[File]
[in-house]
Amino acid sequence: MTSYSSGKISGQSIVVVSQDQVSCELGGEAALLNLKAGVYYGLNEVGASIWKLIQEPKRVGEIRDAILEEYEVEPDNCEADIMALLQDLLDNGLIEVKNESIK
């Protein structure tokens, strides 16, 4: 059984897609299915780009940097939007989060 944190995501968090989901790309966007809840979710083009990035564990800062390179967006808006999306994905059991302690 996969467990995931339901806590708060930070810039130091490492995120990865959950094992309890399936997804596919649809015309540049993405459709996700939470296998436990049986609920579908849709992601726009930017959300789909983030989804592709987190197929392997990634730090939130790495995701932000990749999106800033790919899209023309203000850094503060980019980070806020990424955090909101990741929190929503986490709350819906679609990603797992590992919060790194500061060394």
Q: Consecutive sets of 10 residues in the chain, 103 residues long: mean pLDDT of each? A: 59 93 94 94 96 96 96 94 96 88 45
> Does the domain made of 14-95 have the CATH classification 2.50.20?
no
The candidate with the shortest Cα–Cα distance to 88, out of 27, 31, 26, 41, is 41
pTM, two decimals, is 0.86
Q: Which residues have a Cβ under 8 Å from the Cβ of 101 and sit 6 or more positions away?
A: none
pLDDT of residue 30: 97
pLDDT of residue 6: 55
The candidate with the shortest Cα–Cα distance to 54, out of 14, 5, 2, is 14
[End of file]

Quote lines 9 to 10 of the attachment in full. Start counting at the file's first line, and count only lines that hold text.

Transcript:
Q: Which residues have a Cβ under 8 Å from the Cβ of 101 and sit 6 or more positions away?
A: none